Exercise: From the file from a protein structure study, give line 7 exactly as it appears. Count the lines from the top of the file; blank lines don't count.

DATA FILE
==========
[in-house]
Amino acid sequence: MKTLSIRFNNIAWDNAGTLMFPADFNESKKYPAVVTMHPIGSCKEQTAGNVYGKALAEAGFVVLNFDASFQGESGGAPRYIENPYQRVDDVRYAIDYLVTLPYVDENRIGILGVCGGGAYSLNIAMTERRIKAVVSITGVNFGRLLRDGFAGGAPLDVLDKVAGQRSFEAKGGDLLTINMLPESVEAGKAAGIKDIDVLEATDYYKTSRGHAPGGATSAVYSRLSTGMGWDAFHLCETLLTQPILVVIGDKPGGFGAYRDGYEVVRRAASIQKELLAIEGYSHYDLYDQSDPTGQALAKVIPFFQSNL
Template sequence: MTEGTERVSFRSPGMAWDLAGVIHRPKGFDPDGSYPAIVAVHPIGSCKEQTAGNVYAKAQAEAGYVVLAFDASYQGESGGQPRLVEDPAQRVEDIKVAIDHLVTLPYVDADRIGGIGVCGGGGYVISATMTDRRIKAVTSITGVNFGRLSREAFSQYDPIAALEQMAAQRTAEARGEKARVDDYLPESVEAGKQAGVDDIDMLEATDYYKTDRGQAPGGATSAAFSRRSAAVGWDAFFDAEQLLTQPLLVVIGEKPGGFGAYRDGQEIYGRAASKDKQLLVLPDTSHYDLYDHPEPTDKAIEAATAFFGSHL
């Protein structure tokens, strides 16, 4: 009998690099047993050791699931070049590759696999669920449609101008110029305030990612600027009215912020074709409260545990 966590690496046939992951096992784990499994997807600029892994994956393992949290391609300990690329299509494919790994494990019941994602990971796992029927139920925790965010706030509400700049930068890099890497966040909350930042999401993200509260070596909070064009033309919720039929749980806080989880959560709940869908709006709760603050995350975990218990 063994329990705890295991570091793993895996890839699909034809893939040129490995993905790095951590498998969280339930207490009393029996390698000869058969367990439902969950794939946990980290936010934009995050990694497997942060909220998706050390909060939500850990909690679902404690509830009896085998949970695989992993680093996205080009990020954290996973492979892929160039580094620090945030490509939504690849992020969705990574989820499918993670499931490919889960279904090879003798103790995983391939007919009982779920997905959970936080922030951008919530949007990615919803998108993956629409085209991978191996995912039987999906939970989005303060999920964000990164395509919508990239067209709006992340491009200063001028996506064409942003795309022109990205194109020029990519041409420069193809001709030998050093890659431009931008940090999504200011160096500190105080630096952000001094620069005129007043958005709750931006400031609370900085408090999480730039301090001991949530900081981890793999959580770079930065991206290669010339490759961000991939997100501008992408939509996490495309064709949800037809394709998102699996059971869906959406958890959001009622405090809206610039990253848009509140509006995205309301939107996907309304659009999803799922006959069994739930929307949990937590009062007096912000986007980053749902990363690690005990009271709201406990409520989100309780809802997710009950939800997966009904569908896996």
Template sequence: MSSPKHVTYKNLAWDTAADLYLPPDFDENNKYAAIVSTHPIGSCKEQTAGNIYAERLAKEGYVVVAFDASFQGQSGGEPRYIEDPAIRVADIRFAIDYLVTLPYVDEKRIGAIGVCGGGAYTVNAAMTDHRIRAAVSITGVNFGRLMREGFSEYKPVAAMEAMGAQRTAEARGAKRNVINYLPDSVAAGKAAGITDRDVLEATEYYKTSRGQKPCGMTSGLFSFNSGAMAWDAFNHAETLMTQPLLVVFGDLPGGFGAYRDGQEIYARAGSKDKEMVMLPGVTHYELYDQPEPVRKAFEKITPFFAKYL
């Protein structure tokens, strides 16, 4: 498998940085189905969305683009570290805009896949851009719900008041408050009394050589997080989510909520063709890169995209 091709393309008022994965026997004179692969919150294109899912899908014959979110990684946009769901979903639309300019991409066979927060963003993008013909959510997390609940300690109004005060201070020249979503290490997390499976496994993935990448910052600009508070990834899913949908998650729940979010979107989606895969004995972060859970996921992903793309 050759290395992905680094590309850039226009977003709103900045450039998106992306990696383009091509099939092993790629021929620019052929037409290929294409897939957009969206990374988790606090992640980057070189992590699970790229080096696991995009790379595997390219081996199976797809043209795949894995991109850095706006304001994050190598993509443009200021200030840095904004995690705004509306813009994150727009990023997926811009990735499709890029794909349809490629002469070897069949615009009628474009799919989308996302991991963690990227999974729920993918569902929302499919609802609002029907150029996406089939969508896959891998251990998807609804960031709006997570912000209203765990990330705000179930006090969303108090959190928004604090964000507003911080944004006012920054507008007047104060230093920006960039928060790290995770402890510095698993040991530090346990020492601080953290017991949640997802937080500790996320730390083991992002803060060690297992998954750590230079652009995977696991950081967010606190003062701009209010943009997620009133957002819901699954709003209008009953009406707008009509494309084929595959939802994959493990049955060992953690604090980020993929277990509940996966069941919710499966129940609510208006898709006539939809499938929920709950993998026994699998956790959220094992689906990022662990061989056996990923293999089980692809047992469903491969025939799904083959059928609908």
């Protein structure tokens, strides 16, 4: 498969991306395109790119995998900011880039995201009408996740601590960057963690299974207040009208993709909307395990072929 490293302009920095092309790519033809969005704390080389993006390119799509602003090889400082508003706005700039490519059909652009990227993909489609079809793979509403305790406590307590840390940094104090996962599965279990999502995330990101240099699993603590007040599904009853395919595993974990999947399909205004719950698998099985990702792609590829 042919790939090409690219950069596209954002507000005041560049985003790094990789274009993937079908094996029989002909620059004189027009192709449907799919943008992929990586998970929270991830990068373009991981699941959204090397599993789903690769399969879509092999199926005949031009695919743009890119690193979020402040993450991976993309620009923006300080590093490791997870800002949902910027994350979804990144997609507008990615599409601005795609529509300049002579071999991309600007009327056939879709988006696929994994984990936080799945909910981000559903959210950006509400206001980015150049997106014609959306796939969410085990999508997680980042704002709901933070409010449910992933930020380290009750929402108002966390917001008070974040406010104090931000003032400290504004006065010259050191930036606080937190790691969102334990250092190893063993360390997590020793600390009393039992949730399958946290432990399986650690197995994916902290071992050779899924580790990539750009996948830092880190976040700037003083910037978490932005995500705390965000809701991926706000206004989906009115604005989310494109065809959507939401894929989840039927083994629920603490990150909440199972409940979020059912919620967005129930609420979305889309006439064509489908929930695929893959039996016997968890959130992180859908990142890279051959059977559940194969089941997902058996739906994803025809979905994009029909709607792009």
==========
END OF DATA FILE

């Protein structure tokens, strides 16, 4: 498969991306395109790119995998900011880039995201009408996740601590960057963690299974207040009208993709909307395990072929 490293302009920095092309790519033809969005704390080389993006390119799509602003090889400082508003706005700039490519059909652009990227993909489609079809793979509403305790406590307590840390940094104090996962599965279990999502995330990101240099699993603590007040599904009853395919595993974990999947399909205004719950698998099985990702792609590829 042919790939090409690219950069596209954002507000005041560049985003790094990789274009993937079908094996029989002909620059004189027009192709449907799919943008992929990586998970929270991830990068373009991981699941959204090397599993789903690769399969879509092999199926005949031009695919743009890119690193979020402040993450991976993309620009923006300080590093490791997870800002949902910027994350979804990144997609507008990615599409601005795609529509300049002579071999991309600007009327056939879709988006696929994994984990936080799945909910981000559903959210950006509400206001980015150049997106014609959306796939969410085990999508997680980042704002709901933070409010449910992933930020380290009750929402108002966390917001008070974040406010104090931000003032400290504004006065010259050191930036606080937190790691969102334990250092190893063993360390997590020793600390009393039992949730399958946290432990399986650690197995994916902290071992050779899924580790990539750009996948830092880190976040700037003083910037978490932005995500705390965000809701991926706000206004989906009115604005989310494109065809959507939401894929989840039927083994629920603490990150909440199972409940979020059912919620967005129930609420979305889309006439064509489908929930695929893959039996016997968890959130992180859908990142890279051959059977559940194969089941997902058996739906994803025809979905994009029909709607792009």